• The Basics: Citizenship and Green Card
  • Types of Deportation Relief
  • Cancellation of Removal
  • Asylum and Withholding of Removal
  • U Visa
  • T Visa
  • Special Immigrant Juvenile Status (SIJS)
  • Temporary Protected Status (TPS)
  • NACARA (Nicaraguan Adjustment and Central American Relief Act)
  • Legal References: Immigration and Nationality Act (INA) and Code of Federal Regulations (CFR)
  • Prosecutorial Discretion as an option
  • Conclusion and the importance of exploring alternative relief options

Introduction 212(c) Waiver

As an immigration and criminal defense attorney with extensive experience in New York and New Jersey, I understand the challenges that individuals facing deportation may encounter. One of the commonly sought-after forms of relief from deportation has been the 212(c) waiver. However, in this article, we will explore alternative options beyond the 212(c) waiver. We will discuss various forms of relief available to individuals facing deportation proceedings in the United States.

Understanding the Basics

Before delving into alternative relief options, let’s establish a foundation by defining some key terms:


Citizenship refers to the legal status of being a member of a particular country, with all the accompanying rights and responsibilities.

Green Card (Lawful Permanent Resident Status)

A Green Card, or lawful permanent resident status, grants an individual the right to live and work permanently in the United States.

Types of Deportation Relief

Now, let’s explore various avenues for relief from deportation:

1. Cancellation of Removal

  • Cancellation of removal is available to both lawful permanent residents and non-lawful permanent residents.
  • Eligibility criteria include continuous physical presence in the U.S. for a specified period, good moral character, and the demonstration of exceptional and extremely unusual hardship to qualifying relatives.

2. Asylum and Withholding of Removal

  • Individuals can seek asylum or withholding of removal if they fear persecution in their home country based on their race, religion, nationality, political opinion, or membership in a particular social group.
  • Asylum is applied for affirmatively, while withholding of removal is a defensive form of relief.

3. U Visa

  • Victims of certain crimes who have cooperated with law enforcement may be eligible for a U visa, which grants temporary legal status and the possibility of adjustment to permanent resident status.

4. T Visa

  • Victims of human trafficking may qualify for a T visa, which provides temporary legal status and potential eligibility for a Green Card.

5. Special Immigrant Juvenile Status (SIJS)

  • SIJS is available to unmarried individuals under 21 years old who have been abused, neglected, or abandoned by one or both parents and have a valid court order.

6. Temporary Protected Status (TPS)

  • TPS is granted to individuals from countries facing environmental disasters, armed conflict, or other extraordinary conditions that make it unsafe to return.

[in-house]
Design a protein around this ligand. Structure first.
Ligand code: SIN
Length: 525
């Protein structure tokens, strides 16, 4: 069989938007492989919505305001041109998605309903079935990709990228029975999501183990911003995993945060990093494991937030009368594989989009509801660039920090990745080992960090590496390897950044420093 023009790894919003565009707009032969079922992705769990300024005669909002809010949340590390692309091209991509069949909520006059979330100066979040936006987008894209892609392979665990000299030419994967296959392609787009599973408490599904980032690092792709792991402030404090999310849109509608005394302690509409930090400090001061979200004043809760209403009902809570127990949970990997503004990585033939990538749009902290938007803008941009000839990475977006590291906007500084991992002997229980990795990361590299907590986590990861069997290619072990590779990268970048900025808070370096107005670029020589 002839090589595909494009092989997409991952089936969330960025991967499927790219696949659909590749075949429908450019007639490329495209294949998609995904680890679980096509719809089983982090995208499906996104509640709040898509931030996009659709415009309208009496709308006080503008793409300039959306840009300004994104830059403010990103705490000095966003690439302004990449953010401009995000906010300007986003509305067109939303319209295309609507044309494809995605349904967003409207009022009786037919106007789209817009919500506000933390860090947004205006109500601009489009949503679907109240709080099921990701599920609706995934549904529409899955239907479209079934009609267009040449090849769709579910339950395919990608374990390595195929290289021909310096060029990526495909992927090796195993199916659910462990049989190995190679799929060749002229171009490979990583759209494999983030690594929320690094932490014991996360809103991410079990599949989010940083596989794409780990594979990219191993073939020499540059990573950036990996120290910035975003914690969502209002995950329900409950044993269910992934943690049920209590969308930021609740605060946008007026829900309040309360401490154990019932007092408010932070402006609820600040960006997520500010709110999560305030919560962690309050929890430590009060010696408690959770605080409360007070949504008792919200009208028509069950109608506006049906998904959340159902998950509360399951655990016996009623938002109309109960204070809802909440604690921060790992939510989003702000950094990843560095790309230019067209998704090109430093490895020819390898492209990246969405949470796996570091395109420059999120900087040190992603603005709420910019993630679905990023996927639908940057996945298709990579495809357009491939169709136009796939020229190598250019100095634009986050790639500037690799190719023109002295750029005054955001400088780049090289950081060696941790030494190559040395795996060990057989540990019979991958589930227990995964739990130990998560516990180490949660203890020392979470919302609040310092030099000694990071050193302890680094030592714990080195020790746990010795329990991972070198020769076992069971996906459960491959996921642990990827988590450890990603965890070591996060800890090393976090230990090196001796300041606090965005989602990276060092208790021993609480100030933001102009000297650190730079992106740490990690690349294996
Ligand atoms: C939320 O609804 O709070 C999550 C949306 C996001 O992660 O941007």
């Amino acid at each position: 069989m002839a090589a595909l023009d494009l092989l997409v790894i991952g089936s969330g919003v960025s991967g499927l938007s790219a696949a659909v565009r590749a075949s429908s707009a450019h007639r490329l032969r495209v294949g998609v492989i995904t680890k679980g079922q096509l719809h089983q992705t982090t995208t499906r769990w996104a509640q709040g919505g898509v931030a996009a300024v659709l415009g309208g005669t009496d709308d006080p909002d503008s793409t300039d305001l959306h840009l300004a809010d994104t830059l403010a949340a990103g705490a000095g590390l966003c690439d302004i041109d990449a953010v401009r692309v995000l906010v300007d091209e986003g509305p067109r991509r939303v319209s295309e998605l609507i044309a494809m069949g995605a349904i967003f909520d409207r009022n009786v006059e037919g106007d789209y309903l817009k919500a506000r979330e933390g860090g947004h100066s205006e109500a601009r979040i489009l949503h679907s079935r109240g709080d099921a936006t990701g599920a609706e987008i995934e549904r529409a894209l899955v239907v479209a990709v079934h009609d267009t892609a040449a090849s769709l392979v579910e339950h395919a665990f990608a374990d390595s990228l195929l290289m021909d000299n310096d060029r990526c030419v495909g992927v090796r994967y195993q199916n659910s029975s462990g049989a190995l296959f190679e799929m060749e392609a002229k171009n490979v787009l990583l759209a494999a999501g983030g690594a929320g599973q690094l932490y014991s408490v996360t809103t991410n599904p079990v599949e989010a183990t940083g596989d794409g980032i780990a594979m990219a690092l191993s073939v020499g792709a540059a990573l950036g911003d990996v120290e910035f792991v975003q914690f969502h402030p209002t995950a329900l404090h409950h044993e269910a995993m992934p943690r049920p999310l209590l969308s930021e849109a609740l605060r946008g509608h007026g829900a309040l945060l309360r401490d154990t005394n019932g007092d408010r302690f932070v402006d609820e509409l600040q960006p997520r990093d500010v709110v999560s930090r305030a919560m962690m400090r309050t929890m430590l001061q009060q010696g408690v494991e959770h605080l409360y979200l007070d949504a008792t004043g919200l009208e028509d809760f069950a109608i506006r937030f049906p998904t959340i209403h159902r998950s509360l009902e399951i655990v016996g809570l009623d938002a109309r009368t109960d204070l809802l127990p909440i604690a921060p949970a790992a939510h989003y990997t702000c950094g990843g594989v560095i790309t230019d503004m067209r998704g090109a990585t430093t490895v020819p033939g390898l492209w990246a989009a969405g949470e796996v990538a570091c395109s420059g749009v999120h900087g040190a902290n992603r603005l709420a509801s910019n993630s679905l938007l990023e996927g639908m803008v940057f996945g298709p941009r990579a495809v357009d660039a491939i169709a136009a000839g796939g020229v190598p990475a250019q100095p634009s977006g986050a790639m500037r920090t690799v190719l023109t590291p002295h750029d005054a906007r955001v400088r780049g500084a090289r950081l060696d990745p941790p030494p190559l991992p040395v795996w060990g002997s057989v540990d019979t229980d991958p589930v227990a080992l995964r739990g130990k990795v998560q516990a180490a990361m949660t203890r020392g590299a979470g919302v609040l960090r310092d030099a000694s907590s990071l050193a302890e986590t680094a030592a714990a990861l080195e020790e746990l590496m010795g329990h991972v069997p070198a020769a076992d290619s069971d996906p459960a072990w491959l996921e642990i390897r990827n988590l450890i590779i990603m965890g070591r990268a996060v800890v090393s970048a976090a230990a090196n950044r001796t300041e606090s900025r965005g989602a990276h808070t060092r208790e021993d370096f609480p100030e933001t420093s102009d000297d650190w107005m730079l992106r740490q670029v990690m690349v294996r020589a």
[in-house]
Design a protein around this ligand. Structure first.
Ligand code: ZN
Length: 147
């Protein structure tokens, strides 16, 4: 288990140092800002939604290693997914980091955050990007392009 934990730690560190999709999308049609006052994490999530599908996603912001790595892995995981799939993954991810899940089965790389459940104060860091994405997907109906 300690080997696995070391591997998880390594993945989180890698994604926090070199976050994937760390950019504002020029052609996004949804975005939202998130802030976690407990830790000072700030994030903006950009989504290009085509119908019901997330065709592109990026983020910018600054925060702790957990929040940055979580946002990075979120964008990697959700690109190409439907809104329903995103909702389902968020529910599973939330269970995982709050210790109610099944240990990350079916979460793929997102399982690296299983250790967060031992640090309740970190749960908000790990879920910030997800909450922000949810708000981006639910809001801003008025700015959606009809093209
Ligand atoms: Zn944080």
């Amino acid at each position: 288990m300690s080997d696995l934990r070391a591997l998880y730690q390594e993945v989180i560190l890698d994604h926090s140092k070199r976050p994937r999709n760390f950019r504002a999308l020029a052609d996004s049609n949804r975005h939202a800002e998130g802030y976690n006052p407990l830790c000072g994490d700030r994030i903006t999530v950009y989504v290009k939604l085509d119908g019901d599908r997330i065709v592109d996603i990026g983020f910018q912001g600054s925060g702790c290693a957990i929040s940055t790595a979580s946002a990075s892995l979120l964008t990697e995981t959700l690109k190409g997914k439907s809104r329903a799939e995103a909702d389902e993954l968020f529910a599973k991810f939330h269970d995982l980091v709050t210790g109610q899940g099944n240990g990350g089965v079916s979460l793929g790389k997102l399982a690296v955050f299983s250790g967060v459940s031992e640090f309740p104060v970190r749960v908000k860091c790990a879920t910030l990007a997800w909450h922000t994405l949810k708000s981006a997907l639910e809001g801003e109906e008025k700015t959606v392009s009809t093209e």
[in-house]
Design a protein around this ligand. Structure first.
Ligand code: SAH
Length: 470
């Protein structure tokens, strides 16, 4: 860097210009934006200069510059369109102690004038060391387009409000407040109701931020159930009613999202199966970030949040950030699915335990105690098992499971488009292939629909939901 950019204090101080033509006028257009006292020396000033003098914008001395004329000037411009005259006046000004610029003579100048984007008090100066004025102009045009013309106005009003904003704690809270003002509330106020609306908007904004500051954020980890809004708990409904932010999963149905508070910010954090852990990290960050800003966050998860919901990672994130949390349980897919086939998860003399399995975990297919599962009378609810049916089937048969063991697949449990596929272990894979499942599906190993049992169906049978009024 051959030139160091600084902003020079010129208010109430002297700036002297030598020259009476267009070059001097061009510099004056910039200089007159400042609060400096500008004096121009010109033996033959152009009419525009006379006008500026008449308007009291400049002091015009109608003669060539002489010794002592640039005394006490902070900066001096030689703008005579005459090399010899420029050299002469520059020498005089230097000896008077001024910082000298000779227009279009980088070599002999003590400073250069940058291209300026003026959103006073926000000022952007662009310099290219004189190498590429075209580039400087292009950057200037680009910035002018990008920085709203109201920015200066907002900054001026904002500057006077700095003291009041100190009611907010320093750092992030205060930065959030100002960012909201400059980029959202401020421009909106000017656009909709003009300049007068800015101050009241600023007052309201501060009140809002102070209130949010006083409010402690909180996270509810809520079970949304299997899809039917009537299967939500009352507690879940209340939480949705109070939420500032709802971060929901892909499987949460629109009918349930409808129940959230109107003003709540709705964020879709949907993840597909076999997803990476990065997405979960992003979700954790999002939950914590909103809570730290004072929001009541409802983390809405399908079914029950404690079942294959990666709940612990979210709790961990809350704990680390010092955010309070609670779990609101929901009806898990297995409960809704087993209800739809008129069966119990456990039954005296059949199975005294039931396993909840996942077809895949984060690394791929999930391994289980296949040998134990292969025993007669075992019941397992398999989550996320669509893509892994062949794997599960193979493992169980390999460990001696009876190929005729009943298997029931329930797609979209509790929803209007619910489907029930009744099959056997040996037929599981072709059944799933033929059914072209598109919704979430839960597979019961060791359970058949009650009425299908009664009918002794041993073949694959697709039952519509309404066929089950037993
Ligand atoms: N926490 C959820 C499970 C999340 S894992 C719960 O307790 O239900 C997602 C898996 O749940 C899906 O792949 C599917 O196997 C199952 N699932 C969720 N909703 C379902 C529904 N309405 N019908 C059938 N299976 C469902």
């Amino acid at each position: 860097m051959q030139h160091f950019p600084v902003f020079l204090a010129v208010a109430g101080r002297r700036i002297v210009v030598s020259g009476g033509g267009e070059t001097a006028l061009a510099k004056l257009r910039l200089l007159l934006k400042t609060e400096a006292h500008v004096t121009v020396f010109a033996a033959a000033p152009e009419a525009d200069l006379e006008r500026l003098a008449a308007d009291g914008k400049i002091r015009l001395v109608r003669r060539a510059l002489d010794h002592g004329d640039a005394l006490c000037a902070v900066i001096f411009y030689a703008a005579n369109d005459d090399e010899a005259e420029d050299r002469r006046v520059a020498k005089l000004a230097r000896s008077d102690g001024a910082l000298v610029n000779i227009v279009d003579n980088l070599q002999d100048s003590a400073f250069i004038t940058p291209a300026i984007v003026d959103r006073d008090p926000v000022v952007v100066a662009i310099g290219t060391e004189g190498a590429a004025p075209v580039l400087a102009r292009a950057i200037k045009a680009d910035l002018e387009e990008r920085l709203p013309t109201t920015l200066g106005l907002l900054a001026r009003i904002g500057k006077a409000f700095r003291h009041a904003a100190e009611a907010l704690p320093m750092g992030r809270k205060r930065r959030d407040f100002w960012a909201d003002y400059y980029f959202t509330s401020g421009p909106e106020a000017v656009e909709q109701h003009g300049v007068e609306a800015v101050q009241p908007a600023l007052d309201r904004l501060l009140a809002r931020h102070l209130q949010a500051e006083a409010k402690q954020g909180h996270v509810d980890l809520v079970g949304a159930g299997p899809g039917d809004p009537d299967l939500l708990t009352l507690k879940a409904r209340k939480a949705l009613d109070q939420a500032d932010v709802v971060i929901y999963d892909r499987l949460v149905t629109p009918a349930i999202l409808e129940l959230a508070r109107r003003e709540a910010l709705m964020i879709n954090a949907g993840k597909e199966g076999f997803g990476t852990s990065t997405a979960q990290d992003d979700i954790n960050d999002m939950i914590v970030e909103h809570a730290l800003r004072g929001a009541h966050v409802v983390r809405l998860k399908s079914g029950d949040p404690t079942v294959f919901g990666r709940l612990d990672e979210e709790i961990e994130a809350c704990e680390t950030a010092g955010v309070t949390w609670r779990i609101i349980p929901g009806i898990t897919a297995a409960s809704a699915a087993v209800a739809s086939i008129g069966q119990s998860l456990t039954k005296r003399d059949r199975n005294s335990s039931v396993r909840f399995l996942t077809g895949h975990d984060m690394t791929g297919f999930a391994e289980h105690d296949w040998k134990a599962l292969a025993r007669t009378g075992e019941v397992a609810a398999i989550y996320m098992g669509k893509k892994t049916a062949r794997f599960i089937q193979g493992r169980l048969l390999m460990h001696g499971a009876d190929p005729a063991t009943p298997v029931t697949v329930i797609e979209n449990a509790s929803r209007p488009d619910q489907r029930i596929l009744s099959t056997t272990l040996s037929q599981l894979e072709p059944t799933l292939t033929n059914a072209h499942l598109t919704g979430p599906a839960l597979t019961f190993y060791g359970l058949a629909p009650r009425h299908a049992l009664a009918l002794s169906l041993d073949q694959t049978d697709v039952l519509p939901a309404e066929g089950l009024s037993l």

• The Nicaraguan Adjustment and Central American Relief Act (NACARA) provides relief to individuals from certain Central American and Caribbean countries.

Legal References

To better understand these relief options, it’s important to refer to specific laws and regulations. Some relevant legal references include the Immigration and Nationality Act (INA) and the Code of Federal Regulations (CFR).

In addition to the relief options mentioned in the article, it is important to also consider the option of prosecutorial discretion. Prosecutorial discretion allows immigration authorities to prioritize certain cases for enforcement or to exercise discretion in pursuing removal proceedings. This can be particularly beneficial for individuals who may have compelling humanitarian factors that warrant discretion, such as medical conditions or strong community ties. By exploring the possibility of prosecutorial discretion, individuals facing deportation may have the opportunity to have their cases reviewed and potentially halted, providing them with an alternative avenue to relief.


While the 212(c) waiver has historically been a sought-after form of relief from deportation, it’s essential to be aware of alternative options. Depending on an individual’s circumstances and eligibility, various relief avenues exist, from cancellation of removal to specialized visas and statuses. As an experienced immigration and criminal defense attorney, I have witnessed the transformative impact of these alternative relief options on the lives of my clients. By exploring these alternatives, individuals facing deportation can better navigate the complex immigration system and work towards achieving legal status in the United States.

Explore these articles:

  1. The Significance of 212a6ci Material Misrepresentation in U.S. Immigration
  2. A Deep Dive into Section 212a3c of the Immigration and Nationality Act
  3. How to Apply for the 212a6ci Waiver: A Step-by-Step Guide
  4. Cancellation of Removal: An Alternative to the 212c Waiver for Aggravated Felonies
  5. Navigating the Rehabilitation Requirement for a 212c Waiver
  6. Understanding the 212c Waiver for Aggravated Felonies in Immigration Law
  7. Crimes and Deportation: Navigating the Intersection after 212c Waiver
  8. Current Immigration Laws: Understanding the Aftermath of the 212c Waiver Removal
  9. Deportation Relief Alternatives: Exploring Options Beyond 212c Waiver
  10. The Elimination of the 212c Waiver: Reasons and Impact
  11. The History and Origins of the 212c Waiver
  12. is for Confusion: The Tortuous Path of Section 212 (cRelief in the Deportation Context SK Barr – Lewis & Clark L. Rev., 2008 – HeinOnline